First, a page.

AMH is an independent media house free from political ties or outside influence. We have four newspapers: The Zimbabwe Independent, a business weekly published every Friday, The Standard, a weekly published every Sunday, and Southern and NewsDay, our daily newspapers. Each has an online edition.

  • Marketing
  • Digital Marketing Manager: tmutambara@alphamedia.co.zw
  • Tel: (04) 771722/3
  • Online Advertising
  • Digital@alphamedia.co.zw
  • Web Development
  • jmanyenyere@alphamedia.co.zw

Candid Comment: Monetary authorities living in a fool's paradise

Nyaningwe Growth Point

A visit to Nyaningwe Growth Point this past weekend showed that back in Harare some people in high offices are living in a fool’s paradise. The growth point is roughly half an hour’s drive from Masvingo City and three hours from Beitbridge border post.

One thing was clear at this settlement of about 10 000 people, the economy has dollarise contrary to the exhortation of those who run the country’s monetary and fiscal policies.

The people at this fast growing centre wouldn’t touch a bond note with a long stick; all commerce is done in the greenback and the ZAR cents which are used as change.

So what’s special about Nyaningwe Growth Point? It is at the heart of Masvingo province and what happens there reflects what’s happening all over the southern region.

Bulawayo and Matabeleland provinces dollarised aeons ago.

There are very many reasons why, according to economists, dollarisation is bad. One such reason is that a country cannot develop using a currency that does not belong to it; which it can’t manipulate. Goods produced in such a country can’t be competitive on the international trade market.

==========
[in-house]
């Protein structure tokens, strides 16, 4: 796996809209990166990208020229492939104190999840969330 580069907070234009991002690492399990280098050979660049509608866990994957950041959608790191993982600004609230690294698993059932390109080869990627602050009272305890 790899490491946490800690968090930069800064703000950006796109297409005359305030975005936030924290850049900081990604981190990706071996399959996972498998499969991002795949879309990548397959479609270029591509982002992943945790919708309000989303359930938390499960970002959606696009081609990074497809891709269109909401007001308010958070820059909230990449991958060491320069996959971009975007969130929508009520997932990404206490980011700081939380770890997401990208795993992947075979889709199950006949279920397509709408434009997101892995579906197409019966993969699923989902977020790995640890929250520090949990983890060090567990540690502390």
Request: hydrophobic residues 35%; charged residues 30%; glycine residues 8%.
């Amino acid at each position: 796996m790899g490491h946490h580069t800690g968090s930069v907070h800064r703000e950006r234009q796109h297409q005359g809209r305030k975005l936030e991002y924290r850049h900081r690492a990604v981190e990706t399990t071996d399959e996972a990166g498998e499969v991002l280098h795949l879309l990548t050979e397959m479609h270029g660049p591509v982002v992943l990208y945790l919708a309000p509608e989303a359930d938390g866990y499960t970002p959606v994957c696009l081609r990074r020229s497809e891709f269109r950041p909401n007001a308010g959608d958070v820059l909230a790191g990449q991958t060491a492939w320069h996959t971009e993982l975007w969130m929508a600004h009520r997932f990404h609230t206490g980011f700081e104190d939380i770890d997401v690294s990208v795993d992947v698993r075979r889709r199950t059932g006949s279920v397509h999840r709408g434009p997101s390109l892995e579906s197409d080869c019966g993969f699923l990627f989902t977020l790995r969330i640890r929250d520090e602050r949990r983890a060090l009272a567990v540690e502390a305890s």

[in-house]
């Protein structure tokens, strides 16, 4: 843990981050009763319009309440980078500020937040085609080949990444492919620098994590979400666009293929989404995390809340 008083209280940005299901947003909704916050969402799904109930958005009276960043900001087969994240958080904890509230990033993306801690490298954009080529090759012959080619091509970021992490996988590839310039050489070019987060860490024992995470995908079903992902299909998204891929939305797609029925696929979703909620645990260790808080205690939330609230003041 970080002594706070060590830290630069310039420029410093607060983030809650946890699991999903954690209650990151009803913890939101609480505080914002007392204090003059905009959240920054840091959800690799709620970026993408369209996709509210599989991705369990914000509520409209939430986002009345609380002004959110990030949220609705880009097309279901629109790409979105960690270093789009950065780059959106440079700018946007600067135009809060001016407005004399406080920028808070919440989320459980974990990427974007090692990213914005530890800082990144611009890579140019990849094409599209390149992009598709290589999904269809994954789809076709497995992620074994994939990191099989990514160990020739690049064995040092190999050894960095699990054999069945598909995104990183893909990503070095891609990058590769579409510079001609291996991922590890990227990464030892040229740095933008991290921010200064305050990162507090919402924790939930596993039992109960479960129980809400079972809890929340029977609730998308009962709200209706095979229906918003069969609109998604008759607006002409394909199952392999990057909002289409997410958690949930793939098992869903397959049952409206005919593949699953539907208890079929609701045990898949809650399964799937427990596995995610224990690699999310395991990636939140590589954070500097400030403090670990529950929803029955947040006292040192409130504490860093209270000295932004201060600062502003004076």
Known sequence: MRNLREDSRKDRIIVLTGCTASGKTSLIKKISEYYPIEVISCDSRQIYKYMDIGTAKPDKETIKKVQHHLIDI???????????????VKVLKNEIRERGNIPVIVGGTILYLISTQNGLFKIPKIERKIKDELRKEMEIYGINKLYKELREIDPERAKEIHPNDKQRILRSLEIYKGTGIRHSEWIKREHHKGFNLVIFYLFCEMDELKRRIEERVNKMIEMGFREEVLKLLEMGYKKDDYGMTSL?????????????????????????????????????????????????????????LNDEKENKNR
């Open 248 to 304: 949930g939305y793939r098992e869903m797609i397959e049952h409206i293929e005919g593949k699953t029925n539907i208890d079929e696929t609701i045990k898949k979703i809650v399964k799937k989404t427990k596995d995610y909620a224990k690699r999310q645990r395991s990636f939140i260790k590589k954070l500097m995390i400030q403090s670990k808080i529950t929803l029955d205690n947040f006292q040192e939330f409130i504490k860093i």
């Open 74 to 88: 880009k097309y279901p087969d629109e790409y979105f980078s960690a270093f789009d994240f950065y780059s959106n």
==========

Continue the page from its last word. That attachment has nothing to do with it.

Also, they argue, a national currency should be a source of pride for the country. All very valid! But what is the reality on the ground?

At the Reserve Bank and at Treasury, they continue to yap-yap about the Zimbabwe dollar in its different guises: bond note, RTGS and ZWL.

Besides the Zimbabwe dollar’s nuisance value, right around the country, the 61% of the population that lives in the rural areas has no access to it.

Those who have can only use it in urban areas since the rural areas are mostly unbanked. No shop in the rural areas has a point-of-sale machine and most don’t accept Ecocash payments.

So, the only solution is the USD. Mukuru and World Remit have set up bases at the growth points.

This week it was announced that urban transport company Zupco would begin charging bus fares in USD. Harare City Council and other municipal authorities around the country have also begun to charge for everything including rates in USD. The government itself, which should lead by example, transacts mostly in foreign currency. So why the pretence that the economy has not dollarised when the truth is, it has?

Government has opted, it would seem, for piecemeal dollarisation. It is accepting bit by bit that some sectors should dollarise immediately so that when eventually dollarisation becomes universal it will pretend it wasn’t responsible. It is also trying to avoid paying civil servants in USD by pretending that the Zimdollar is the main currency in the country.

But this kind of chicanery cannot continue to work when everyone in the country has rejected the local currency. With the volatility of the local currency stoking the fires of hyperinflation the situation is fast becoming revolutionary.

Accept the people-driven dollarisation and be damned.

Related Topics